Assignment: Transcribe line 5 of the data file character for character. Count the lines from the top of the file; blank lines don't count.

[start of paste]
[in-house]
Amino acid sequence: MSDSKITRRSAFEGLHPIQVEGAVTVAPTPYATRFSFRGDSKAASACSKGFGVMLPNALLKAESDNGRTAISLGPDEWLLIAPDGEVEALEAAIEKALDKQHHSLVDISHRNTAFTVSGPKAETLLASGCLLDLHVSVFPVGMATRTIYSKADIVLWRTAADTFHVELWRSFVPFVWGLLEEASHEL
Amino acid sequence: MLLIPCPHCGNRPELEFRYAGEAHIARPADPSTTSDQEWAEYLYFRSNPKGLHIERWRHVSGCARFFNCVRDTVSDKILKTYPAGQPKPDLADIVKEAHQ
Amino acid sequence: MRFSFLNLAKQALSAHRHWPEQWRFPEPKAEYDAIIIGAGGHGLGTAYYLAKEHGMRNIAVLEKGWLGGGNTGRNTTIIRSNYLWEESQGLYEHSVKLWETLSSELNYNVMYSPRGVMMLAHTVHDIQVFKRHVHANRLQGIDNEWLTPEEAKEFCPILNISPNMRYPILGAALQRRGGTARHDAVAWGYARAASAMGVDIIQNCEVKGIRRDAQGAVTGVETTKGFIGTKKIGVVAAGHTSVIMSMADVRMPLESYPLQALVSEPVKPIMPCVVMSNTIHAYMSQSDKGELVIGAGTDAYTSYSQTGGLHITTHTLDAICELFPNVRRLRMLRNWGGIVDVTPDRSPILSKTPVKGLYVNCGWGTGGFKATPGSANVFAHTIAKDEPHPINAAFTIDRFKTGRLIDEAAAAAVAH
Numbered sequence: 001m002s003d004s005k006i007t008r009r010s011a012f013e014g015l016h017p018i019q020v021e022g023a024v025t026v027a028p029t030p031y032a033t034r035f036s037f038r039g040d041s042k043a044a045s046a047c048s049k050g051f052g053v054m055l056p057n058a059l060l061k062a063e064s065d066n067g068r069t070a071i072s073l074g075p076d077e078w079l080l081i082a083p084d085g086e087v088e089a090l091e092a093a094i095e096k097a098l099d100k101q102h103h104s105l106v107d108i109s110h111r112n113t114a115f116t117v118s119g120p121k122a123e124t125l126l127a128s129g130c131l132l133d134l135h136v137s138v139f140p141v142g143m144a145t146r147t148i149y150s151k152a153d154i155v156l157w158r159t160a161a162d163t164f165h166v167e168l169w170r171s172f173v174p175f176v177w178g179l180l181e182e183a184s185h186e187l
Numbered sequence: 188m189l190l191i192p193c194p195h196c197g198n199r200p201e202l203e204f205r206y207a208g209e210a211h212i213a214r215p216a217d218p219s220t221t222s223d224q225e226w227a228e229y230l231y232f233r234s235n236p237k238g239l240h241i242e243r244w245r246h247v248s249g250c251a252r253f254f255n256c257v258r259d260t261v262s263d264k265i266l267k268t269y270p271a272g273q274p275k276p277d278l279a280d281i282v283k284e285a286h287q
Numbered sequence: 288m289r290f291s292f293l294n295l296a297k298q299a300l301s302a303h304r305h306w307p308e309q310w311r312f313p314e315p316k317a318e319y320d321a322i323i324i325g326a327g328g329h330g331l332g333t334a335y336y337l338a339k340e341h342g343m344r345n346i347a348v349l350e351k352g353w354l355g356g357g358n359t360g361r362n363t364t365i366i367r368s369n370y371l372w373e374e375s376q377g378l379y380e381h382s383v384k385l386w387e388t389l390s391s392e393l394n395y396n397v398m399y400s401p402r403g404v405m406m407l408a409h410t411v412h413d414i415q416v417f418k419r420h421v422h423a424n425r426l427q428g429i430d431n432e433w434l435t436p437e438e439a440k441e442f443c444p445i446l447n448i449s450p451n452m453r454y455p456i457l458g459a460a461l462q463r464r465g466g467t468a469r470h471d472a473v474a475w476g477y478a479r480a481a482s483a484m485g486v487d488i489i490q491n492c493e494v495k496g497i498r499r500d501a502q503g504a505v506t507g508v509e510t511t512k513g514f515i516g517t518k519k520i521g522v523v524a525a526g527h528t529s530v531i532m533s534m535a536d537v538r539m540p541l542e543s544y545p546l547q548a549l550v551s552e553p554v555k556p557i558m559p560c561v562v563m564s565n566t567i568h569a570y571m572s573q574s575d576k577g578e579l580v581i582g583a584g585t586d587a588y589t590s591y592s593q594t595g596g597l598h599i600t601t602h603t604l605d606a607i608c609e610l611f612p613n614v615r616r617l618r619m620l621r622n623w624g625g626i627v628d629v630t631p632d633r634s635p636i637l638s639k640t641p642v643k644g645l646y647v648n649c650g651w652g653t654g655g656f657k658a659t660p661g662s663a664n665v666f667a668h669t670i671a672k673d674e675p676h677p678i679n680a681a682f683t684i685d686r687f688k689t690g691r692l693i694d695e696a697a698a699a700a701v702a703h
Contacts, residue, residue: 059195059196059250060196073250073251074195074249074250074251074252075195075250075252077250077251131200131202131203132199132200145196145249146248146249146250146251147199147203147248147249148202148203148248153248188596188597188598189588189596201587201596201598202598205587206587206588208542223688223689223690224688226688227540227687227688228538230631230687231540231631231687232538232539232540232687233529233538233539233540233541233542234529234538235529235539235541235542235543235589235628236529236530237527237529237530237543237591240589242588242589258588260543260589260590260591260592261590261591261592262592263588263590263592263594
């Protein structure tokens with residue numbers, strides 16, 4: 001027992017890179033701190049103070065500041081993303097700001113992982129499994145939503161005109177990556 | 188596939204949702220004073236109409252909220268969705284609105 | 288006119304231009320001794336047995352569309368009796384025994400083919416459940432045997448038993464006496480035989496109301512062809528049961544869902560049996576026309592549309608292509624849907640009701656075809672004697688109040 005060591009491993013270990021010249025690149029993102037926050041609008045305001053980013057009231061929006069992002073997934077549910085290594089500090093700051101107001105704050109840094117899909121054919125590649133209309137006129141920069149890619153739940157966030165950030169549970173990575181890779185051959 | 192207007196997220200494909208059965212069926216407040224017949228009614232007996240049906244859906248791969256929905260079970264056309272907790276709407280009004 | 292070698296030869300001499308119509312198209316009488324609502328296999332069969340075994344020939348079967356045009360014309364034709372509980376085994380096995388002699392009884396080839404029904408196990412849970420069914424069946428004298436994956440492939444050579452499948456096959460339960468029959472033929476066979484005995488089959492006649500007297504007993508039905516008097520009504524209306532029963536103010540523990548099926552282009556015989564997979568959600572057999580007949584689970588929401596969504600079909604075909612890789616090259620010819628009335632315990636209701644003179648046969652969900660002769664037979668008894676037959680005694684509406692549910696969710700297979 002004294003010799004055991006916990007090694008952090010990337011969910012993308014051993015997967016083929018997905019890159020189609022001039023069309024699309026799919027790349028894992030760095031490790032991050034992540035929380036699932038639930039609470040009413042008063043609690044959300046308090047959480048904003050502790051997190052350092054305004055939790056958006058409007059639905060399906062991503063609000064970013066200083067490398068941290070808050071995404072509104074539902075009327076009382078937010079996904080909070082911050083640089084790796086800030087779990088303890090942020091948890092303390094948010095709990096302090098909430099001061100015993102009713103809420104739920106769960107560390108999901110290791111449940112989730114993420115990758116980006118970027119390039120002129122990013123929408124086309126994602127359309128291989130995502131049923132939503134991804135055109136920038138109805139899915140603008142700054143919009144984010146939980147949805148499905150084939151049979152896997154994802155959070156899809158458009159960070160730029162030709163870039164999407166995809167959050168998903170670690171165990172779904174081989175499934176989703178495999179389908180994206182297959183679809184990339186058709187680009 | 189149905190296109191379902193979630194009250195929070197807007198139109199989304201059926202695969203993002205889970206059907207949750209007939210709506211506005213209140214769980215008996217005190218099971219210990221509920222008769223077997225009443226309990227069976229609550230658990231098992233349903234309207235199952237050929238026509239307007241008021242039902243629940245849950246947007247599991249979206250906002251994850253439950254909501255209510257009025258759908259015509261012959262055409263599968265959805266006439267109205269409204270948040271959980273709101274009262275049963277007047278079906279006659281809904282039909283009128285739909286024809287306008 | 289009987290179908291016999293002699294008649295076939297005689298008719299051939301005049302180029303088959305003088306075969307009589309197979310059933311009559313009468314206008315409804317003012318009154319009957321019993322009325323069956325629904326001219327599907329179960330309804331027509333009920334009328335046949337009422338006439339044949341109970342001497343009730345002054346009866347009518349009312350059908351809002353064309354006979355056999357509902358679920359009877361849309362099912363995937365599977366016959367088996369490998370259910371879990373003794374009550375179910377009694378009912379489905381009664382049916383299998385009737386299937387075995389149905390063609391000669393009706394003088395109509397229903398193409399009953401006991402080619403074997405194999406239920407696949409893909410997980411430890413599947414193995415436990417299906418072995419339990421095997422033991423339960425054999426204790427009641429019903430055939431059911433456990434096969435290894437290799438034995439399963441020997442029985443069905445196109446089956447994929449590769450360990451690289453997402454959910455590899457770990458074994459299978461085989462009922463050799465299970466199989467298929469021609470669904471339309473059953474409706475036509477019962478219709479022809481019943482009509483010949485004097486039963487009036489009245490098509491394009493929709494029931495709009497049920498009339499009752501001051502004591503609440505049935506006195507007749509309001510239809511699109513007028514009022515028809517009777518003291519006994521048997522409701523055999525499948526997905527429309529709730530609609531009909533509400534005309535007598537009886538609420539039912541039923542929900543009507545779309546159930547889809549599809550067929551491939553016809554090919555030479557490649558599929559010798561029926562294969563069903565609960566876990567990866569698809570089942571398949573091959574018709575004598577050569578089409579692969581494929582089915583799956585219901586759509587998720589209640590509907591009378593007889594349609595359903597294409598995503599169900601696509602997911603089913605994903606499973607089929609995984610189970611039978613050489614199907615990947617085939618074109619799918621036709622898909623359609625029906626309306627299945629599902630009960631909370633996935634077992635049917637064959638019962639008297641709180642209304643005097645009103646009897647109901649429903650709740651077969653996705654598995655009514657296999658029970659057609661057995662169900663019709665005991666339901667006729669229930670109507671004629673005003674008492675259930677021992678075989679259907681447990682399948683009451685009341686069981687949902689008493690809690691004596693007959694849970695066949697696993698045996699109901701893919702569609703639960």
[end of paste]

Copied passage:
Numbered sequence: 001m002s003d004s005k006i007t008r009r010s011a012f013e014g015l016h017p018i019q020v021e022g023a024v025t026v027a028p029t030p031y032a033t034r035f036s037f038r039g040d041s042k043a044a045s046a047c048s049k050g051f052g053v054m055l056p057n058a059l060l061k062a063e064s065d066n067g068r069t070a071i072s073l074g075p076d077e078w079l080l081i082a083p084d085g086e087v088e089a090l091e092a093a094i095e096k097a098l099d100k101q102h103h104s105l106v107d108i109s110h111r112n113t114a115f116t117v118s119g120p121k122a123e124t125l126l127a128s129g130c131l132l133d134l135h136v137s138v139f140p141v142g143m144a145t146r147t148i149y150s151k152a153d154i155v156l157w158r159t160a161a162d163t164f165h166v167e168l169w170r171s172f173v174p175f176v177w178g179l180l181e182e183a184s185h186e187l